Raymond Richman - Jesse Richman - Howard Richman
Richmans' Trade and Taxes Blog
Much Ado About Trade Wars
The media are all hyped up about trade wars. Where were they when USA factories were shutting down and moving overseas costing millions of Americans good-paying manufacturing jobs and when the trade deficits showed up endlessly in the Gross Domestic Products accounts causing slow economic growth? They still do not mention them except to deride Pres. Trump when he mentions it. Nor are economists free of blame. Balanced trade is easy to achieve but not by tariffs on particular products but by scaled tariffs, variable-single-country-tariffs that work like devaluing a currency, the traditional method of achieving balanced trade.
Nearly all economists are strong advocates of free trade. That is a hangover from the decades before WWII when the U.S. was the leading trade surplus country. When the U.S. became the world’s leading trade deficit country, economists did not change their outlook and economists were silent about the harm those deficits were doing to our basic manufacturing industries. They still are.
Prof. Martin Feldstein of Harvard wrote in a recent issue of the Wall Street Journal (7/6/2018) that he is a “strong advocate of free trade” and writes that, “If the U.S. reduces the trade deficit with one country, it must increase the net trade deficit with others to keep the total unchanged.” Notice his qualifying phrase “to keep the total unchanged.” That phrase hidden in his rhetoric is a non-sequitur; keeping the total trade unchanged is not a policy objective. He is saying that tariffs and subsidies and exchange rates do not have any effect on the trade deficits which is utterly false. Our trade objective should be to increase the total welfare of Americans by specializing in the production of goods that we have comparative advantage in producing and trading them for an equal value of goods that our trading partners have a comparative advantage in producing.
Balanced trade is always beneficial for both trade partners. When a country has a trade deficit with one of its trading partners and with the rest of the world, economists cannot show that the trade is beneficial to both trading partners.
Unfortunately, the conditions for a free trade policy do not exist in the real world. No economist should be in favor of free trade unless the following conditions are satisfied by the trading partners: a common currency, absence of any artificial barriers to trade, and free movement of capital and labor. Those conditions are imposed on the States by the U.S. Constitution. But they do not exists internationally. Being for free trade in the international community has no rational basis. Formal (tariffs) and informal barriers (especially in countries which lack free markets), industries are subsidized, artificially low foreign exchange rates are maintained vis-à-vis the USA, and barriers to the free movement of capital and labor are the rule, not the exception. Several countries have large chronic surpluses with the U.S. They acquire huge amounts of U.S. government and corporate debt, and often use the funds to acquired business assets in the U.S. The U.S. has a huge chronic trade deficit with the rest of the world.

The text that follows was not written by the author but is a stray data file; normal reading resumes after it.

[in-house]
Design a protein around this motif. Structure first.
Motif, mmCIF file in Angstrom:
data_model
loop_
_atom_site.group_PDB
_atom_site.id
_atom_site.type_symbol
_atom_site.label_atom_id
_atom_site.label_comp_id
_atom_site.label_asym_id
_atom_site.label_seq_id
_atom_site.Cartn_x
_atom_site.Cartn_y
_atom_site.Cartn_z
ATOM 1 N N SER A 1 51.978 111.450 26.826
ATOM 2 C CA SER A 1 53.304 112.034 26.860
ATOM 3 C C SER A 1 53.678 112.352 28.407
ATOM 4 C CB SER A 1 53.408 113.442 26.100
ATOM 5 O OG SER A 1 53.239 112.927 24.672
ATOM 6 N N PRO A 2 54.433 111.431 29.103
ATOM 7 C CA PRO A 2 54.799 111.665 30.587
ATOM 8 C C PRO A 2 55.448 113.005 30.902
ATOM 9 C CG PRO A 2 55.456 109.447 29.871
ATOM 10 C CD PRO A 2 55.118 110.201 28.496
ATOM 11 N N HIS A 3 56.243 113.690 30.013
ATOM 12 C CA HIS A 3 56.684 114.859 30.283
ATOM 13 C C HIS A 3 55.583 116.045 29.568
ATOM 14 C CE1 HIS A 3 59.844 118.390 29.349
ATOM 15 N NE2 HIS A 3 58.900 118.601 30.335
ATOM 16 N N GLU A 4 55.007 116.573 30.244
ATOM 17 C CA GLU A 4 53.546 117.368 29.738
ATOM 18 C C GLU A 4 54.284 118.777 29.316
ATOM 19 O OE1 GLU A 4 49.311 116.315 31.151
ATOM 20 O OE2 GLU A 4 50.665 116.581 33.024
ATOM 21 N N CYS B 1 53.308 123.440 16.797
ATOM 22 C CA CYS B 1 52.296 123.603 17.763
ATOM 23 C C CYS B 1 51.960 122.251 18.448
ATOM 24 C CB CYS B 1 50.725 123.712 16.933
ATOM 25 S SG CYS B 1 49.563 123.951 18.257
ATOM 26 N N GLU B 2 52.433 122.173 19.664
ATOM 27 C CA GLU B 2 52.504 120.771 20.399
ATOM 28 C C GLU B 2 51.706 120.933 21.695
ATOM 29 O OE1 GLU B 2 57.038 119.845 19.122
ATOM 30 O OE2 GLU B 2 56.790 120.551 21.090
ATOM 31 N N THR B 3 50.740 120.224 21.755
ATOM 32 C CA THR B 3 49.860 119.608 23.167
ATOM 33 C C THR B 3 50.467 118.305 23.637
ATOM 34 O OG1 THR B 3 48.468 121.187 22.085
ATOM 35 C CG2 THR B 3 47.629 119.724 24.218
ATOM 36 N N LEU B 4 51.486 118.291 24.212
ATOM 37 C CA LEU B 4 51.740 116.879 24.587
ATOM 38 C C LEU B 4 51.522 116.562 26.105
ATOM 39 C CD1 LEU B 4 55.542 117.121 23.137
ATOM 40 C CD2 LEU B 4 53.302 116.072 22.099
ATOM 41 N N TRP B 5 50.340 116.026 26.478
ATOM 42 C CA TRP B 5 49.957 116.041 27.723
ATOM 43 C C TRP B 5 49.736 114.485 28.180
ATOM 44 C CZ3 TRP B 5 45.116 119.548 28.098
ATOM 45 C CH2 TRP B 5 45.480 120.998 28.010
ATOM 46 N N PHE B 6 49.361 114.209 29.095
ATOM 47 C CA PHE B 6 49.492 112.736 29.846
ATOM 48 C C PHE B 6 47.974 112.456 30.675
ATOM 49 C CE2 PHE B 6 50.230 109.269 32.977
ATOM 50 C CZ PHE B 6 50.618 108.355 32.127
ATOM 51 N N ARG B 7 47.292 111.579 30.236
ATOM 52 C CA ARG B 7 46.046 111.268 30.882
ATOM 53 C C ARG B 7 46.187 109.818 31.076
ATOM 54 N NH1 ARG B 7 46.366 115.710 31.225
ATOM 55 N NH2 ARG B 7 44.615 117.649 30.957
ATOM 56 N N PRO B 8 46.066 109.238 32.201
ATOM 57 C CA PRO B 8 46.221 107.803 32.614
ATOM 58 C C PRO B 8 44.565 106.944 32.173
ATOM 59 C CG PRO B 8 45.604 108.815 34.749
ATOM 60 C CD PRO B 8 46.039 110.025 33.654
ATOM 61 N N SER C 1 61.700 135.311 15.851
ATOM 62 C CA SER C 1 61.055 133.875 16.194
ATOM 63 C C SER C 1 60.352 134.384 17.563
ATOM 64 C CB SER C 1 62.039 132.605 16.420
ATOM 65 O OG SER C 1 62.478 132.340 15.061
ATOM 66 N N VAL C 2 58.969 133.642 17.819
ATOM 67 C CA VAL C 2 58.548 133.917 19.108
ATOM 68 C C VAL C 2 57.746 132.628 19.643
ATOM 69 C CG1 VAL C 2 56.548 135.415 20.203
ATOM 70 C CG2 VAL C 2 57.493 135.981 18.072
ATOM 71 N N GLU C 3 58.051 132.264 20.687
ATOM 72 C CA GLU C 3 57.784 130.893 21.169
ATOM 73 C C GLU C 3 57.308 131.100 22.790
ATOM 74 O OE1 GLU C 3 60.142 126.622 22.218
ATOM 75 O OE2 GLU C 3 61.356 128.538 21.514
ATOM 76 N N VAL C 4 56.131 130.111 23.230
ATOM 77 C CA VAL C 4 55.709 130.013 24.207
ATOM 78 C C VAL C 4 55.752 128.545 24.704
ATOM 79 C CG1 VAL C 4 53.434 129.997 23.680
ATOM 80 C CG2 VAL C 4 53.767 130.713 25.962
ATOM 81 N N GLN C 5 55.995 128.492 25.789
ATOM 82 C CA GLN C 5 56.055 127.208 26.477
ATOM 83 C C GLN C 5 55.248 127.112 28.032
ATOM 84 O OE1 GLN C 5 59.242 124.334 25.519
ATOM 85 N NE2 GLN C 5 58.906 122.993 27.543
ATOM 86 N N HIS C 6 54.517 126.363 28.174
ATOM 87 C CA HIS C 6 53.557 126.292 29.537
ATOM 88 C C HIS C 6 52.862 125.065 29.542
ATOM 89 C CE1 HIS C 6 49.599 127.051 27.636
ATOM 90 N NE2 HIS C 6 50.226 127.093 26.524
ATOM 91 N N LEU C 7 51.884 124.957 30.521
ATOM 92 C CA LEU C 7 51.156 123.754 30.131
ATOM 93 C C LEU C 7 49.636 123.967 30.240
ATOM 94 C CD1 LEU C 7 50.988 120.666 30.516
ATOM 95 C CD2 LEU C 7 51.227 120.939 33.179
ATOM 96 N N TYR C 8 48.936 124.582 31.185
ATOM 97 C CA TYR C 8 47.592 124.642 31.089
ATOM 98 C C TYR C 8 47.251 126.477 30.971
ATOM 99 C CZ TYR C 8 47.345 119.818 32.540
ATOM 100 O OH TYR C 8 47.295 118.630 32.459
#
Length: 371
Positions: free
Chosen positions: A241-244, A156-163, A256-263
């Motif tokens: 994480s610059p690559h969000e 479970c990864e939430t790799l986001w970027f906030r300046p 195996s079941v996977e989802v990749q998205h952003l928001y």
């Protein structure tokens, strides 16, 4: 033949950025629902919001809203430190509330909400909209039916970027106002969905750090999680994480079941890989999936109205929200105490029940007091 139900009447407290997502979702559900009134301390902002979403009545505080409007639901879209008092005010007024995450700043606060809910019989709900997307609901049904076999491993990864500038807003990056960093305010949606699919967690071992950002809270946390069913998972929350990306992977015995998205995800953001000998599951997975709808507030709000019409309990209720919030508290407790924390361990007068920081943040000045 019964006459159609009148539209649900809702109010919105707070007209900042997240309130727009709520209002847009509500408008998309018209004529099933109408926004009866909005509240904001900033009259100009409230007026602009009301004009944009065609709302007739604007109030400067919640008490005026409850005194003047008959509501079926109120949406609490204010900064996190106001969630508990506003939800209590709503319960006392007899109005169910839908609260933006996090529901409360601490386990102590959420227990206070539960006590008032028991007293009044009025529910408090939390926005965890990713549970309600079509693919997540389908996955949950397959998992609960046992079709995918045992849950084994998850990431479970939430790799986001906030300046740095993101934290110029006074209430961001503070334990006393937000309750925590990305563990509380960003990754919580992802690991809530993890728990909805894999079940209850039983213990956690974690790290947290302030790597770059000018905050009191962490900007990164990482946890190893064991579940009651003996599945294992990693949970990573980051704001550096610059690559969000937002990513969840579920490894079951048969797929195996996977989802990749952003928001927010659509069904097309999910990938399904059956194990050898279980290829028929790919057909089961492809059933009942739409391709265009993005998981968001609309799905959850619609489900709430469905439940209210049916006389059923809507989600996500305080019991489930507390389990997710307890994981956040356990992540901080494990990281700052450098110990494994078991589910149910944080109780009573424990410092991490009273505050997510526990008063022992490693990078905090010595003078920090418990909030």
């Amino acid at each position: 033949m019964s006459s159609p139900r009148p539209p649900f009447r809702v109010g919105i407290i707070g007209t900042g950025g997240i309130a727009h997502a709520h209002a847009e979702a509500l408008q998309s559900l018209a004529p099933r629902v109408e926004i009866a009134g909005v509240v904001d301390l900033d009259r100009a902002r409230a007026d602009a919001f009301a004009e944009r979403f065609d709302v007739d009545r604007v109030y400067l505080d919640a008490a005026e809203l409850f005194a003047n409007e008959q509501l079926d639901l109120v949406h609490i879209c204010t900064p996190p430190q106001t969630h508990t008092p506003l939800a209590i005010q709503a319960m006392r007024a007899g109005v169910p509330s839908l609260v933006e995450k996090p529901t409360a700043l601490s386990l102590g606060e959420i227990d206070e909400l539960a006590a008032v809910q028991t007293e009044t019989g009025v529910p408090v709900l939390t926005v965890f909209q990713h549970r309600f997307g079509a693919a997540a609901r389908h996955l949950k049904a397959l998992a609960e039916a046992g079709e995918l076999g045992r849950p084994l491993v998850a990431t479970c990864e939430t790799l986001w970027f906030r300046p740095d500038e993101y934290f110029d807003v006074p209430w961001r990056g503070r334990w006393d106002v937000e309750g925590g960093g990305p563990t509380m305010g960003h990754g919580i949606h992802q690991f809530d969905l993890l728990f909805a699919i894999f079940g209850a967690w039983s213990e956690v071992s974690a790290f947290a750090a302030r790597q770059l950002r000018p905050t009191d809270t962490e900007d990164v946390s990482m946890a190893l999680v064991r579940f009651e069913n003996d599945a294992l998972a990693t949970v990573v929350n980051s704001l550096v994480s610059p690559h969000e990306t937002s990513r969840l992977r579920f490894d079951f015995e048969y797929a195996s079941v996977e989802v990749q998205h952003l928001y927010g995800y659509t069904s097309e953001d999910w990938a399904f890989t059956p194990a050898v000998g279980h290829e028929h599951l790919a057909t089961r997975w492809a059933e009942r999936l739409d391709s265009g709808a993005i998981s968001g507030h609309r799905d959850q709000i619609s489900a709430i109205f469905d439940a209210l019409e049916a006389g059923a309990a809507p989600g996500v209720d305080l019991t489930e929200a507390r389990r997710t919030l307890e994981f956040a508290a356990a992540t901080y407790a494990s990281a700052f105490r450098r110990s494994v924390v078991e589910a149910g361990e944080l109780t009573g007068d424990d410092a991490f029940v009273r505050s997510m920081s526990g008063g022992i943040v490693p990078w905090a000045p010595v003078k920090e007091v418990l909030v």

The U.S. had chronic surpluses before 1970 and was the world’s leading creditor nation until chronic deficits converted it to the world’s leading debtor nation by the mid-1980s. After the GATT agreement of 1994 and the establishment of the World Trade Organization, the U.S. trade deficit exploded as the following table shows:
As one sees from the table, the 1994 Gatt agreement led to huge trade deficits for the United states. That is the price one pays for having lawyers as Trade Representatives instead of economists and business administrators. The last column of the table tells us that GDP was affected adversely by the trade deficits falling short of what should have been its balanced trade level by as much as 5.56 percent and was no doubt a contributing cause of the severity of the Great Recession of 2008-2015.
The U.S. can balance its trade as the Trump administration is doing by imposing tariffs on particular products of trade surplus countries. Unfortunately, this gives trading partners the opportunity to do likewise.
There is a better way, the scaled tariff, the single-country-variable tariff that we proposed in the book Balanced Trade (Lexington Books, 2014), a tariff that applies to all goods and services imported from trade surplus countries. The tariff rises as the trade deficit with a particular country rises as the trade deficit with a particular country increases and falls as trade moves toward balance. The highest tariff would apply to China and much lower tariffs would apply to countries whose trade surplus is much less. About a half dozen countries, accounting for more than 80 percent of the U.S. trade deficit, would fall in this group. Countries with relatively small surpluses would be unaffected. The following table shows the ones that would be affected, and our estimate of a suggested initial tariff.
Countries could not retaliate as they are doing in response to the administration’s imposition of the steel and aluminum tariff and countries that have nearly balanced trade or a trade deficit with the U.S. would not be affected. Brazil, for example, has a trade deficit with us and would be harmed by tariffs on selected products like steel and aluminum. If they did impose tariffs on selected products, it would increase the trade deficit and raise the variable tariff.
Countries that have large chronic trade surpluses with the U.S. in 2017 include China $375.6 billion, Japan $68.9 billion, the European Union $151.4 billion, Mexico $70 billion, Vietnam $38.4 billion, and Ireland $38.1. Balancing trade with those few countries would reduce our trade deficit over 90%.
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